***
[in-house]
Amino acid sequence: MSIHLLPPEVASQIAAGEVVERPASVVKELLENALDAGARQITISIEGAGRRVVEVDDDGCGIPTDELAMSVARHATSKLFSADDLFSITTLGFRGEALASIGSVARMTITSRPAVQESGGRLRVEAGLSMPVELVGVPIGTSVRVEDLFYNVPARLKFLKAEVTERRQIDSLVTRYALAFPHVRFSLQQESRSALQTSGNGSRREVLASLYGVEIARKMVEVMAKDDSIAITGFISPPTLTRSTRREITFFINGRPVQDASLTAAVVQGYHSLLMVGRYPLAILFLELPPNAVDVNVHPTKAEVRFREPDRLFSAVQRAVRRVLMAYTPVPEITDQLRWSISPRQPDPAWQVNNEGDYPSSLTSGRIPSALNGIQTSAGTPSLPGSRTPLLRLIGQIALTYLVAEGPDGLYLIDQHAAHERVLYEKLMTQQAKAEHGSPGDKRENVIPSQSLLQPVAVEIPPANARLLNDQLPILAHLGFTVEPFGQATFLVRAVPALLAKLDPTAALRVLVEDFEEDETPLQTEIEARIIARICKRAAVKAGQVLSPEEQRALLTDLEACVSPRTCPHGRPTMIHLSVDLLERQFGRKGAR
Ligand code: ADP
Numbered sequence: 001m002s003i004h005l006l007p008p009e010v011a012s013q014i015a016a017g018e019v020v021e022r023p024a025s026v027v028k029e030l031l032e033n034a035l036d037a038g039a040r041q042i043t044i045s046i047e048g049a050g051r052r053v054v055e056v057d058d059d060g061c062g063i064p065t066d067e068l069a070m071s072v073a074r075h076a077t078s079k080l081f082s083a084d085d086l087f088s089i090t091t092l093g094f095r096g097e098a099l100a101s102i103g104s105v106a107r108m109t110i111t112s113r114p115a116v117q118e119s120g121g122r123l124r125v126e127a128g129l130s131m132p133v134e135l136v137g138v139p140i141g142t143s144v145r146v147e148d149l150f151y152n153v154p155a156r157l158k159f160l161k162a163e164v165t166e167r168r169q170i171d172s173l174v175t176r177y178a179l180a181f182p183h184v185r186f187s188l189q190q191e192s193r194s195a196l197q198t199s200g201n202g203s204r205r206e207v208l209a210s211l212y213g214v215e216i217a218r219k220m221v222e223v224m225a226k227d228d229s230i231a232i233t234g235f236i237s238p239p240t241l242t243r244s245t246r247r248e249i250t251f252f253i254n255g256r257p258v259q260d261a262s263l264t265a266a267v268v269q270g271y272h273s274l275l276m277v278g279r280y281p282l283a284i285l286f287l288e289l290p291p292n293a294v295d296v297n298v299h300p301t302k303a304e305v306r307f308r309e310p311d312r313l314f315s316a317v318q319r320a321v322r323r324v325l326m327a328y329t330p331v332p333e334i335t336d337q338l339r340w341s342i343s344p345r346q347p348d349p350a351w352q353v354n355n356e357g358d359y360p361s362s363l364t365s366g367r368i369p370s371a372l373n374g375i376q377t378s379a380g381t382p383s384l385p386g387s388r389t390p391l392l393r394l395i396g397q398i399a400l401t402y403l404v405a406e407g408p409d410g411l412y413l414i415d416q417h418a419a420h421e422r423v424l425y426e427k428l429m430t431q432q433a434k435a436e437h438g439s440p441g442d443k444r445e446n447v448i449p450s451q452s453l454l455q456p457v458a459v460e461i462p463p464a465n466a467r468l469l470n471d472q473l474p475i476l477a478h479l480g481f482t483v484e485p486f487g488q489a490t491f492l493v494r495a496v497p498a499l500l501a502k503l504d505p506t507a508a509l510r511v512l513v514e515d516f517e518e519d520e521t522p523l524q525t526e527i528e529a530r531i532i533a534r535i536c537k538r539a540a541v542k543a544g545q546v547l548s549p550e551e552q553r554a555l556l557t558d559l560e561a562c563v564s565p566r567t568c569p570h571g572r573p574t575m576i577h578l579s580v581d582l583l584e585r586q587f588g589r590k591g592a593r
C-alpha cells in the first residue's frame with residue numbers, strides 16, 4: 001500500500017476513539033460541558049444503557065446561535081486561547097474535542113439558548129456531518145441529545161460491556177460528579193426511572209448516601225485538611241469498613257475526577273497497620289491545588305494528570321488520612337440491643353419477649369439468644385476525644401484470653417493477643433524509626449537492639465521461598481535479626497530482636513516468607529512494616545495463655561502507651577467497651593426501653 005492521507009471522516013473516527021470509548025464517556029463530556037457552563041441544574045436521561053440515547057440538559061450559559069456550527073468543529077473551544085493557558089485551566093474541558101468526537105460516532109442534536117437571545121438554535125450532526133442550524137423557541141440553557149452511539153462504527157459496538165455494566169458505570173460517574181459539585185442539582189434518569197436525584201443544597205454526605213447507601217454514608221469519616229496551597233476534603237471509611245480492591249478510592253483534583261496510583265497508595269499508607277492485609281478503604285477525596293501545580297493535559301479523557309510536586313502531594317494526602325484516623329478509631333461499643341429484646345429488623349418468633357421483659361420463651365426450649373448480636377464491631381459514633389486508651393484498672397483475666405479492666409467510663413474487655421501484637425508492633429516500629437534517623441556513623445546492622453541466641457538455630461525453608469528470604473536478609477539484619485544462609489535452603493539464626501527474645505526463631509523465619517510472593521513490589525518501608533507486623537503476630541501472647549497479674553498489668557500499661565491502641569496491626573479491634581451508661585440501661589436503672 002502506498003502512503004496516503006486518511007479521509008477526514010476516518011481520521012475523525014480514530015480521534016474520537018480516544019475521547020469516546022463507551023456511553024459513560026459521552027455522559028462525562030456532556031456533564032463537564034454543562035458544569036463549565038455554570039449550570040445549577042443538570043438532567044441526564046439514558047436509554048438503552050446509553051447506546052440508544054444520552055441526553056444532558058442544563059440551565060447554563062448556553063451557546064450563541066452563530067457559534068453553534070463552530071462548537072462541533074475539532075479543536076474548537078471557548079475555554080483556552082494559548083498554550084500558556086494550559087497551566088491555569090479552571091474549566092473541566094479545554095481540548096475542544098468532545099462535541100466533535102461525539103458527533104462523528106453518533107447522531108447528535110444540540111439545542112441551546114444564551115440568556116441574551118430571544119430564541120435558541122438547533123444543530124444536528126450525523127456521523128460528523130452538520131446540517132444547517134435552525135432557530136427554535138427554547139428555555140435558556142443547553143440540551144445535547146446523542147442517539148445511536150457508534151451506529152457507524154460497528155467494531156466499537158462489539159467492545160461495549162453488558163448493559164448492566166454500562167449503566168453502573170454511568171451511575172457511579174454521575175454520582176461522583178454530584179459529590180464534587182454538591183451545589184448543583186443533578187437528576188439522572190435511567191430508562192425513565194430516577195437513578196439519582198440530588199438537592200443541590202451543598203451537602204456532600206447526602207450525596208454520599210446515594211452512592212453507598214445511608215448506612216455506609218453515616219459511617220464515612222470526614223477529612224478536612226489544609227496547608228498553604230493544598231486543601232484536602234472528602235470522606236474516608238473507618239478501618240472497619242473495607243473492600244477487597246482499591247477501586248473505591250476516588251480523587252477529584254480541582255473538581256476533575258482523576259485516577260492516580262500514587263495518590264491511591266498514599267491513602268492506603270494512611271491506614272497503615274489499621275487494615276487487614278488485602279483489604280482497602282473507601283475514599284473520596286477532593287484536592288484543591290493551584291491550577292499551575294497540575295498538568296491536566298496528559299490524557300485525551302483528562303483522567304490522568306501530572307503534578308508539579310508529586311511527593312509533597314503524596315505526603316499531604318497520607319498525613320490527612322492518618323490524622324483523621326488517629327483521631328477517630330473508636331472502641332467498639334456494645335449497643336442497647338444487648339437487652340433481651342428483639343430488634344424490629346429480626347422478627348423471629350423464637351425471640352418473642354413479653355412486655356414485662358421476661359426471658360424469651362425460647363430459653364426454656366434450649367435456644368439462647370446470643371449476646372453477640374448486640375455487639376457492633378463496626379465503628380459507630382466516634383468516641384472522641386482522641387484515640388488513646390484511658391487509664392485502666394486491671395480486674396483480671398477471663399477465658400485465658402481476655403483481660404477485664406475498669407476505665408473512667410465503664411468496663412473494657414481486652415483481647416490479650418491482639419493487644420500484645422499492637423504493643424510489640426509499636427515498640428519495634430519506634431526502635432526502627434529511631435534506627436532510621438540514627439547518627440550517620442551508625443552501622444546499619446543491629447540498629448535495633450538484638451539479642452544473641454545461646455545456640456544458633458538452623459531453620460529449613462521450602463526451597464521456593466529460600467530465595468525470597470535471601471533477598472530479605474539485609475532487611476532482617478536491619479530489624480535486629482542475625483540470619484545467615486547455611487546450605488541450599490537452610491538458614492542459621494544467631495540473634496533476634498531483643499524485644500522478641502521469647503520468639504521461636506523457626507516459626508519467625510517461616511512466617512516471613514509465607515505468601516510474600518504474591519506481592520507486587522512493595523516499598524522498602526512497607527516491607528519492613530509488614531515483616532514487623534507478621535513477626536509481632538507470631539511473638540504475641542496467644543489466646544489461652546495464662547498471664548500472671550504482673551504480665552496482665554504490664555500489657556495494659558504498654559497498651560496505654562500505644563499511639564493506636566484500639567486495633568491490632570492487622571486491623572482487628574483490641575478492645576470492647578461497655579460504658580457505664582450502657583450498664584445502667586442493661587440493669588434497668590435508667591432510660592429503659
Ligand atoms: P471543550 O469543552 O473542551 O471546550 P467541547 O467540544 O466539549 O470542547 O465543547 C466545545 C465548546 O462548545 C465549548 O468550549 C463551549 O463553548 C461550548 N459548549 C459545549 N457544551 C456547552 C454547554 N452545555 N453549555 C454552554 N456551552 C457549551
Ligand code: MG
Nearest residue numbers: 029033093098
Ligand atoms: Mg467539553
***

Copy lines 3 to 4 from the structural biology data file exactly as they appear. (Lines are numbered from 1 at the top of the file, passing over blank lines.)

Ligand code: ADP
Numbered sequence: 001m002s003i004h005l006l007p008p009e010v011a012s013q014i015a016a017g018e019v020v021e022r023p024a025s026v027v028k029e030l031l032e033n034a035l036d037a038g039a040r041q042i043t044i045s046i047e048g049a050g051r052r053v054v055e056v057d058d059d060g061c062g063i064p065t066d067e068l069a070m071s072v073a074r075h076a077t078s079k080l081f082s083a084d085d086l087f088s089i090t091t092l093g094f095r096g097e098a099l100a101s102i103g104s105v106a107r108m109t110i111t112s113r114p115a116v117q118e119s120g121g122r123l124r125v126e127a128g129l130s131m132p133v134e135l136v137g138v139p140i141g142t143s144v145r146v147e148d149l150f151y152n153v154p155a156r157l158k159f160l161k162a163e164v165t166e167r168r169q170i171d172s173l174v175t176r177y178a179l180a181f182p183h184v185r186f187s188l189q190q191e192s193r194s195a196l197q198t199s200g201n202g203s204r205r206e207v208l209a210s211l212y213g214v215e216i217a218r219k220m221v222e223v224m225a226k227d228d229s230i231a232i233t234g235f236i237s238p239p240t241l242t243r244s245t246r247r248e249i250t251f252f253i254n255g256r257p258v259q260d261a262s263l264t265a266a267v268v269q270g271y272h273s274l275l276m277v278g279r280y281p282l283a284i285l286f287l288e289l290p291p292n293a294v295d296v297n298v299h300p301t302k303a304e305v306r307f308r309e310p311d312r313l314f315s316a317v318q319r320a321v322r323r324v325l326m327a328y329t330p331v332p333e334i335t336d337q338l339r340w341s342i343s344p345r346q347p348d349p350a351w352q353v354n355n356e357g358d359y360p361s362s363l364t365s366g367r368i369p370s371a372l373n374g375i376q377t378s379a380g381t382p383s384l385p386g387s388r389t390p391l392l393r394l395i396g397q398i399a400l401t402y403l404v405a406e407g408p409d410g411l412y413l414i415d416q417h418a419a420h421e422r423v424l425y426e427k428l429m430t431q432q433a434k435a436e437h438g439s440p441g442d443k444r445e446n447v448i449p450s451q452s453l454l455q456p457v458a459v460e461i462p463p464a465n466a467r468l469l470n471d472q473l474p475i476l477a478h479l480g481f482t483v484e485p486f487g488q489a490t491f492l493v494r495a496v497p498a499l500l501a502k503l504d505p506t507a508a509l510r511v512l513v514e515d516f517e518e519d520e521t522p523l524q525t526e527i528e529a530r531i532i533a534r535i536c537k538r539a540a541v542k543a544g545q546v547l548s549p550e551e552q553r554a555l556l557t558d559l560e561a562c563v564s565p566r567t568c569p570h571g572r573p574t575m576i577h578l579s580v581d582l583l584e585r586q587f588g589r590k591g592a593r